Making Players More Vocal


As a child and teenager, I was painfully shy and quiet. That is except on the soccer field. While living in Norway, my sister said she could hear me from a half-mile away. One year in Salt Lake City I won the most-talkative award and received a set of chatter teeth. From a vocal standpoint, especially at a youth level, I was definitely the exception–not the rule.

I’ve been asked by a number of people how to get young soccer players to be more vocal. This can be tough because it usually comes down to personalities. Some kids are simply quieter than others. On the other hand, some players can be vocal in a negative or undesirable manner.

Below are some suggestions on how to get players to be more vocal.

  • Start slowly by promoting positive comments. Some examples are, “Great shot, nice pass, and good hustle”. Get players to compliment each other.
  • Stress that communication can be non-verbal. Gesturing with the hands that you want the ball is a great start. Making eye contact with teammates is also important. Stress that non-verbal communication is just as important as verbal communication. What is great about non-verbal communication is that in order for it to work, players, especially those with the ball, need to play with their head up.
  • As a coach, play in scrimmages with your players and set a good example. Call for the ball and let players know if a defender is approaching. Make sure to communicate loud enough so everyone can hear. Use teaching moments to point out to the team when communication would have been helpful. Exaggerate your non-verbal communications. Run to the player with the ball when you want to receive a pass. Point to the spot where you want the ball passed. Wink to acknowledge a good play.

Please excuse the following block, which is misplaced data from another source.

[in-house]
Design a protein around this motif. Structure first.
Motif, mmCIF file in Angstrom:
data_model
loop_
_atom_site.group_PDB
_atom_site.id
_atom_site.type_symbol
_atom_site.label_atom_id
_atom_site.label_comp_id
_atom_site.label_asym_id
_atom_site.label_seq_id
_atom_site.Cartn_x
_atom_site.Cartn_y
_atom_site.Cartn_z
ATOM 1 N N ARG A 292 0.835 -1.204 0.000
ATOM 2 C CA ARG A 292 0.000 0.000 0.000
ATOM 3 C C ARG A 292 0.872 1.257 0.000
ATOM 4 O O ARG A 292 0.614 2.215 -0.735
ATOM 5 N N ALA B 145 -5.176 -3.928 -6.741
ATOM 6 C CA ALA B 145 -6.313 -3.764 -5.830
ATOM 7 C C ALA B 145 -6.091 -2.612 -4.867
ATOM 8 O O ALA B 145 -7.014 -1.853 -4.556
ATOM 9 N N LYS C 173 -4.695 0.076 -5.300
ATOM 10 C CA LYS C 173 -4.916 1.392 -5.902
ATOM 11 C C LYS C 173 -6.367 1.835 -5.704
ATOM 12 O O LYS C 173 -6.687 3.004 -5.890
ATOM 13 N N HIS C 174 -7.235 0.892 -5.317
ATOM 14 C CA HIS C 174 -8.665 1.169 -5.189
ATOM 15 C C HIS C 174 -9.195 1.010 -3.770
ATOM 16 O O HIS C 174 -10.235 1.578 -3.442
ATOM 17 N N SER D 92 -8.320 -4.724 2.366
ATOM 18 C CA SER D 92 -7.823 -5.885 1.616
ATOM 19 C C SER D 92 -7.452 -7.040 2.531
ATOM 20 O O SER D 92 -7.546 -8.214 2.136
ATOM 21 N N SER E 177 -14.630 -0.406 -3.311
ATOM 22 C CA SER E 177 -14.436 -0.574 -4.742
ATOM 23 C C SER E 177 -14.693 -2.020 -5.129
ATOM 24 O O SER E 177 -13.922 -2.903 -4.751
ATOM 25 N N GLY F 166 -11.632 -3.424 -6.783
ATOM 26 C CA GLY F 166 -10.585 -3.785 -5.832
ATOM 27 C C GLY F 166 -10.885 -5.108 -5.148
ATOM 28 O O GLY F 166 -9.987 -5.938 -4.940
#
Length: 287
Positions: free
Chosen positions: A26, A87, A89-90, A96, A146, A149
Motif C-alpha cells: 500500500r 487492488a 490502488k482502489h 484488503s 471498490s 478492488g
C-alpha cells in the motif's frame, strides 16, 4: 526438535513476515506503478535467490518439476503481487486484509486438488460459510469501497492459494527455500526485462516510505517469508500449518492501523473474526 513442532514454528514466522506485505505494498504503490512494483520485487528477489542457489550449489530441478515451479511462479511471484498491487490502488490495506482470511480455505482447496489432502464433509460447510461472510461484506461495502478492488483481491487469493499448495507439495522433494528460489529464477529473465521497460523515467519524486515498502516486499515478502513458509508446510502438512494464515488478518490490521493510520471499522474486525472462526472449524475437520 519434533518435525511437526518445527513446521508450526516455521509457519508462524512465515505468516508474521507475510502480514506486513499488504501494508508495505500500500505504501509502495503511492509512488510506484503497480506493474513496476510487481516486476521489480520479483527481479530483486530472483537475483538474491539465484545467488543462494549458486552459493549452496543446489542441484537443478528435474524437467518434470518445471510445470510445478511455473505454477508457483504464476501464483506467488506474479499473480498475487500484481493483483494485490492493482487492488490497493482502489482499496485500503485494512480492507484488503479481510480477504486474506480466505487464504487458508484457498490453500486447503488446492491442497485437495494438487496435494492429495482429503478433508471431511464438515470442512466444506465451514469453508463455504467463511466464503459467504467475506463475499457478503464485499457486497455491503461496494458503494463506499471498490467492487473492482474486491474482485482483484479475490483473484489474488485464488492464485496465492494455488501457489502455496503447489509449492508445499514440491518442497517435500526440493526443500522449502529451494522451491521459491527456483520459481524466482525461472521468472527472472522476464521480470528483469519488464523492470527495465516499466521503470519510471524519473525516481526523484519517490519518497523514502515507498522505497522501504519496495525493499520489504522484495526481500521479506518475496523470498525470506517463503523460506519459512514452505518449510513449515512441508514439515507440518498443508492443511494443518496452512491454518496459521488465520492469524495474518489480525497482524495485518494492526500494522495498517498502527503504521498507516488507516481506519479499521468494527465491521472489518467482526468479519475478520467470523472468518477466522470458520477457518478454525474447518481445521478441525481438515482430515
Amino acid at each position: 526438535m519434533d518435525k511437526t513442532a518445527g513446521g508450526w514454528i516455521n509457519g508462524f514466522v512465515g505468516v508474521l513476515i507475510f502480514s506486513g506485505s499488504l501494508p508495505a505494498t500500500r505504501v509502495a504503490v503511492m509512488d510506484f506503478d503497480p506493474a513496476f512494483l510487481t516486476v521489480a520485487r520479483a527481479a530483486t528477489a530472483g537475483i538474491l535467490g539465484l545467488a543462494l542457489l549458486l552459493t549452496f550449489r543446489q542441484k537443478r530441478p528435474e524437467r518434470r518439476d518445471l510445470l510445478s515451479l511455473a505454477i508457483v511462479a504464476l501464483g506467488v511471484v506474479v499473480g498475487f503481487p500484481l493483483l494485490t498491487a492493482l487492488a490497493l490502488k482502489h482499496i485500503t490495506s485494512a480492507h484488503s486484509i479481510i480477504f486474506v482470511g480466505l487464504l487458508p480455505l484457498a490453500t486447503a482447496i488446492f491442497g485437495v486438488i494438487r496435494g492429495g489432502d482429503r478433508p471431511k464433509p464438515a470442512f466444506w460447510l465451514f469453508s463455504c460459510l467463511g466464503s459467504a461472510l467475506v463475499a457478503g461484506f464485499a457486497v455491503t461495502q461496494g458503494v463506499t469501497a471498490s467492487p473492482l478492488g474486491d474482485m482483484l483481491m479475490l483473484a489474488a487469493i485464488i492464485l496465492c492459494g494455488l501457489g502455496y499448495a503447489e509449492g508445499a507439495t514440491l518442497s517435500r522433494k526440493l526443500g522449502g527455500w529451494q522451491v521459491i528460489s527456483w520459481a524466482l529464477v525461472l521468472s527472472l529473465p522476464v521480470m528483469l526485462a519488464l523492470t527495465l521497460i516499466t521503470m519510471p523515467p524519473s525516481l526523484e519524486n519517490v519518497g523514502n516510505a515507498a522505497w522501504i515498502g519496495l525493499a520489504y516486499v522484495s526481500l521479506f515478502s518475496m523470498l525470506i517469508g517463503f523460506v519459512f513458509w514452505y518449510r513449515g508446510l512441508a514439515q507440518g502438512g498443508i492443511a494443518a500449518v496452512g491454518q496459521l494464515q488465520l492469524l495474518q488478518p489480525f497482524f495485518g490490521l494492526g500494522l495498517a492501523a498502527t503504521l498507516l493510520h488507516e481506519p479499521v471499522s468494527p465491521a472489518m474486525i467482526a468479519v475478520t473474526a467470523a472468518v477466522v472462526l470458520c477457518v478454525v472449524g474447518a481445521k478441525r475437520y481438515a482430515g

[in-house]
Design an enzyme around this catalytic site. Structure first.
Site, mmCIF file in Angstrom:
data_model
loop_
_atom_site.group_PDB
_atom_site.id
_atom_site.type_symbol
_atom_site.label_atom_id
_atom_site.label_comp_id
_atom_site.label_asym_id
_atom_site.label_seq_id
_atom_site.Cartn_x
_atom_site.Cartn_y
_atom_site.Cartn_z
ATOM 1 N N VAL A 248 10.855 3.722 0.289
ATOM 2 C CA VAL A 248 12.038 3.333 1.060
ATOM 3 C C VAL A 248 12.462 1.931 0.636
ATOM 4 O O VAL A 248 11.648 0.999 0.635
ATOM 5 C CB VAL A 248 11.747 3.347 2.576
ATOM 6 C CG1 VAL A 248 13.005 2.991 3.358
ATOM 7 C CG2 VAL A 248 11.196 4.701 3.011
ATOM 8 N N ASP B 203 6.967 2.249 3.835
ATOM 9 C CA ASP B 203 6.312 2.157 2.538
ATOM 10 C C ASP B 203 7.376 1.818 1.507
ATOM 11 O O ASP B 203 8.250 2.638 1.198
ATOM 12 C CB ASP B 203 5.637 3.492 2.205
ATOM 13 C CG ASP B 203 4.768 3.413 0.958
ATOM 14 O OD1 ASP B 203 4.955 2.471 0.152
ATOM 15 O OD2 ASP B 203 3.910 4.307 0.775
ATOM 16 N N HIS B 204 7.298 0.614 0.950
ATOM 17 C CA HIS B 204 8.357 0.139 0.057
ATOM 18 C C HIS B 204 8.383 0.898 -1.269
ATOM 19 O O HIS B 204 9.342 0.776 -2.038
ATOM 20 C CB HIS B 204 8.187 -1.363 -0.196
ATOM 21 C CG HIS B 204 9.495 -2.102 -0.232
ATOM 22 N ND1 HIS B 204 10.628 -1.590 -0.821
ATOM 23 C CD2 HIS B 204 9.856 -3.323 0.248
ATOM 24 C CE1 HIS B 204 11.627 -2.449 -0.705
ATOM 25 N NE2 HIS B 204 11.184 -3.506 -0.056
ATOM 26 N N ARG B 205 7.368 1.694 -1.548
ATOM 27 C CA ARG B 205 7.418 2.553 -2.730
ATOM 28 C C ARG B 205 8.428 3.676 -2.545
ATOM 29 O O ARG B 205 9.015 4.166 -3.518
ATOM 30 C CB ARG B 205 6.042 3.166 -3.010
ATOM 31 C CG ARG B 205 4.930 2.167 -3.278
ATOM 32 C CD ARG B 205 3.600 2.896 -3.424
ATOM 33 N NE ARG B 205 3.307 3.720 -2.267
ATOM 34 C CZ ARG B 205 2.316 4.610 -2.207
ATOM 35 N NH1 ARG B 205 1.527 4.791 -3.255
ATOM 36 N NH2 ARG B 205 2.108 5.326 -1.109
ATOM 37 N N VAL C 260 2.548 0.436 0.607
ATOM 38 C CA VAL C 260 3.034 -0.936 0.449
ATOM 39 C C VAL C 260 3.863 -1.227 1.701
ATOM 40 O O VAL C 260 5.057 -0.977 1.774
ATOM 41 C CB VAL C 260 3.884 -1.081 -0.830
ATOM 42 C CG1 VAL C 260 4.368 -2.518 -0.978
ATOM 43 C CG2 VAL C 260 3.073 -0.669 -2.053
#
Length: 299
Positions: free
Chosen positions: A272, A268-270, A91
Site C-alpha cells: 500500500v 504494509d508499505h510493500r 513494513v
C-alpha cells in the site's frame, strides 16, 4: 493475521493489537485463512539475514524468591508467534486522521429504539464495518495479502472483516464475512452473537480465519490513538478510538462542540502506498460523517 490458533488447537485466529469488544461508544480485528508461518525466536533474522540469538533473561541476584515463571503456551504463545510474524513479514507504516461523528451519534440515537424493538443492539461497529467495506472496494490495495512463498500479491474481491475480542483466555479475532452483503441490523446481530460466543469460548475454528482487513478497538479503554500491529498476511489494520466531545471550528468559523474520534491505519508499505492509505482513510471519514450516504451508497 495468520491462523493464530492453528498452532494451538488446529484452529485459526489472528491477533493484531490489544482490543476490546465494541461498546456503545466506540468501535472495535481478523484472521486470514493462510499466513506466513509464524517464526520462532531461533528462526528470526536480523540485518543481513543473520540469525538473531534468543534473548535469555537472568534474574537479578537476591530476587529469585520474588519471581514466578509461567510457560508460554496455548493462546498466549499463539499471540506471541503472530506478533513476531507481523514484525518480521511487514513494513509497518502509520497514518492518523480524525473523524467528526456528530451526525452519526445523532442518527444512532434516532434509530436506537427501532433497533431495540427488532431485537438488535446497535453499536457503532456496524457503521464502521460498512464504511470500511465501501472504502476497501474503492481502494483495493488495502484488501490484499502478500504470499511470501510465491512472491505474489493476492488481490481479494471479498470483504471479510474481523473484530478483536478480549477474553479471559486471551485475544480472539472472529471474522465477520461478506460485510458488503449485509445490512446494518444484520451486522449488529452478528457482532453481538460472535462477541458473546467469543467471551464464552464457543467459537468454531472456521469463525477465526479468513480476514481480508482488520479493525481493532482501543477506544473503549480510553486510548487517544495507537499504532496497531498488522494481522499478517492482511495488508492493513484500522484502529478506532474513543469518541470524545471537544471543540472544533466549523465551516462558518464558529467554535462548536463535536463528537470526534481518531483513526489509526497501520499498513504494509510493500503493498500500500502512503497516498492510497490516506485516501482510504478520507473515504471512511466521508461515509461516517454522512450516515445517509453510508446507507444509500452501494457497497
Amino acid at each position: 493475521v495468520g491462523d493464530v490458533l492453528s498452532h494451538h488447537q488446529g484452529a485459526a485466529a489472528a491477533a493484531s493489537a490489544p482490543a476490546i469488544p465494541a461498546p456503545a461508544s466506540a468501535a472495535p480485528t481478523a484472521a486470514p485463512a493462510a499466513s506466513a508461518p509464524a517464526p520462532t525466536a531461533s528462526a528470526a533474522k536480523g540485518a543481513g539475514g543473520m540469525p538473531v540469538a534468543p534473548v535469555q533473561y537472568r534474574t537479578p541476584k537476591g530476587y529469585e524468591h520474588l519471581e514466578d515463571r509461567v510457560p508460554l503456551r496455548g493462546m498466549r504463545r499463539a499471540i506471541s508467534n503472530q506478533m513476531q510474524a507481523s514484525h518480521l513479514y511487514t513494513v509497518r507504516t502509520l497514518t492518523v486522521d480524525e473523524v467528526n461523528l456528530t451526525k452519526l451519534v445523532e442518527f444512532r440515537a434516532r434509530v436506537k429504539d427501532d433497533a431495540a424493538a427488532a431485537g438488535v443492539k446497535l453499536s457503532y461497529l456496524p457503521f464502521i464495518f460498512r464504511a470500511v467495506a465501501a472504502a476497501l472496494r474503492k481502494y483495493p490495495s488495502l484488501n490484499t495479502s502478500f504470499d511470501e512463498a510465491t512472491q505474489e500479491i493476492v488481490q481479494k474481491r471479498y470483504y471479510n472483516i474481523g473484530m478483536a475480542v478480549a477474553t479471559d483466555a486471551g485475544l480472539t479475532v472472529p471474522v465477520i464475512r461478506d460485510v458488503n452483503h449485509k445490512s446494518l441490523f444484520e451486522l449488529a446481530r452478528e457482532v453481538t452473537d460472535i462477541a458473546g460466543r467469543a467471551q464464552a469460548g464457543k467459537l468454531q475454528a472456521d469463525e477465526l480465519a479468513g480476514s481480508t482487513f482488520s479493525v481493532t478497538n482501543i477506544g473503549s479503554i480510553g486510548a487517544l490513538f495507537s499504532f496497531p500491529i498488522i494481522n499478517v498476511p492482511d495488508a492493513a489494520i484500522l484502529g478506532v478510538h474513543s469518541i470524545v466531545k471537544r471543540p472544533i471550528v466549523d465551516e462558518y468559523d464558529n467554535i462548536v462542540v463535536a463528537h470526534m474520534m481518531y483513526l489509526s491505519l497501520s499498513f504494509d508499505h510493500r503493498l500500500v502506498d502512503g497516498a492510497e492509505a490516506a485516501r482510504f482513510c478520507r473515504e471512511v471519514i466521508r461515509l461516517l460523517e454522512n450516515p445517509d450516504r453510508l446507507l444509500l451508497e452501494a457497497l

• Pull the offending player aside when you hear poor or improper communication. Blaming or getting upset at others for mistakes should never be tolerated.
  • Reward players for good communication. At the beginning of the season, stock up on tiny chattering teeth. (If the entire league wants to promote good communication, each set costs $0.60 – $0.70. Stickers could be a cheaper alternative.) When a player exhibits good communication, recognize it with a set of teeth. You will see how quickly other players will follow suit so that they too can get some teeth. At the end of the season, recognize the best communicator with a large set teeth. They will remember it forever.
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